Somewhere recently I came across a question about whether or not the resolutions that Jonathan Edwards made could have been a sign of legalism.
17. Resolved, that I will live so as I shall wish I had done when I come to die.
47. Resolved, to endeavor to my utmost to deny whatever is not most agreeable to a good, and universally sweet and benevolent, quiet, peaceable, contented, easy, compassionate, generous, humble, meek, modest, submissive, obliging, diligent and industrious, charitable, even, patient, moderate, forgiving, sincere temper; and to do at all times what such a temper would lead me to. Examine strictly every week, whether I have done so.
(Etc; see the rest of the list here.)
Legalism in this context was referring to attempts to obey the law of God in a way that would make the attempted obedience contribute to the reason for God favouring you – something to be avoided, because the spirit of the gospel is, in contrast, that the only reason for God to treat anyone favourably is on the basis of the person and work of Christ, representing them.
When you consider that a continuously impeccable life is only what’s expected from us, as accountable moral beings, in the first place, it’s clear that it is only right and proper that we should make a personal commitment to pursuing holiness and sinlessness both across the board and in all the areas where we are most conscious of failures and shortcomings of our own.
Although this could easily degenerate into (or I suppose equally spring from) a spirit of legalism, it needn’t be at all legalistic to resolve and purpose to live a holy life – a life in keeping with the most comprehensive and searching demands of the ten commandments – and I don’t think it was legalism in Edwards’s case.
It would be legalistic, for one thing, if a person tried to live up to these standards by their own efforts, forgetting that sanctifying grace comes from the same source as justifying grace, and on the same terms. Or, if adhering to the resolutions and fulfilling them was becoming a means of consolidating or contributing to your salvation, that would be inconsistent with the spirit of the gospel too. As would, I think, feeling or acting as if our perceived successes or failures according to either self-imposed or scriptural benchmarks have any bearing on the safety or wellbeing of our souls.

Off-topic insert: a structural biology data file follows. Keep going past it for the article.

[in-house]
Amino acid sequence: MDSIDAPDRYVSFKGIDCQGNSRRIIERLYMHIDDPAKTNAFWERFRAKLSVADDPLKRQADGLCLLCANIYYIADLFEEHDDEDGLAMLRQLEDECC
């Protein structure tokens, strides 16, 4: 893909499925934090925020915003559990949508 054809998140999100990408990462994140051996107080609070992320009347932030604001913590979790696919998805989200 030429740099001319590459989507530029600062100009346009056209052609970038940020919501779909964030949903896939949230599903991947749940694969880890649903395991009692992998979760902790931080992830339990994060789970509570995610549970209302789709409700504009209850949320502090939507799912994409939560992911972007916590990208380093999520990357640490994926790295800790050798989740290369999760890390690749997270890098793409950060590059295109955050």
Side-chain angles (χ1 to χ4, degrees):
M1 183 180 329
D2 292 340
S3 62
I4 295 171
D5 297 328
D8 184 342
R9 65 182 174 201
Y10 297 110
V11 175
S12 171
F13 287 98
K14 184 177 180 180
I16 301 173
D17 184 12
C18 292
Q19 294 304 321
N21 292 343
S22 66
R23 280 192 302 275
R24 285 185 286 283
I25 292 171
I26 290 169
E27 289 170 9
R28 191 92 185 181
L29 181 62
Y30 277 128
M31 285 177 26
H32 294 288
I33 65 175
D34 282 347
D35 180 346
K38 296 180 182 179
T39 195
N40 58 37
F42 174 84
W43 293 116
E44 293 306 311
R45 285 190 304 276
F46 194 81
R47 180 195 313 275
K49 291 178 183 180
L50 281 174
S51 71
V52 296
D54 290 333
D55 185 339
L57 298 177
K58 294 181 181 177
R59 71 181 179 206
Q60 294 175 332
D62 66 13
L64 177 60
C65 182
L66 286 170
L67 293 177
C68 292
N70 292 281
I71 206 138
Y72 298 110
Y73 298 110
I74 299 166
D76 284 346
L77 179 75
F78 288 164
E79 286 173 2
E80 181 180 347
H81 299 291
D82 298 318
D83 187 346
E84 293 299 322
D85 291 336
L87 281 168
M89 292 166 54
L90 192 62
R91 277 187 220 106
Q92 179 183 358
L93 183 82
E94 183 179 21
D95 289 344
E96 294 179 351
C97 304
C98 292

Any of these things are damaging to the health of the Christian’s soul – and followed through, they would make it impossible for anyone to be converted to start with, never mind grow in grace. But purposing holiness while avoiding and repudiating these tendencies is not legalistic. A firmer grasp of the completeness of Christ’s work for his people and its implications as the sole basis of hope for sinners would, as they say, make us much less prone to put our hopes and comfort in the work of God in us, while at the same time providing a much happier motivation for fervently pressing towards the mark for the prize of the high calling of God in Christ Jesus.
As God has said, … I will be their God, and they shall be my people. … Having therefore these promises, dearly beloved, let us cleanse ourselves from all filthiness of the flesh and spirit, perfecting holiness in the fear of God.
For the grace of God that brings salvation has appeared to all men, teaching us that, denying ungodliness and worldly lusts, we should live soberly, righteously, and godly, in this present world, looking for that blessed hope and the glorious appearing of the great God and our Saviour Jesus Christ, who gave himself for us, that he might redeem us from all iniquity, and purify unto himself a peculiar people, zealous of good works.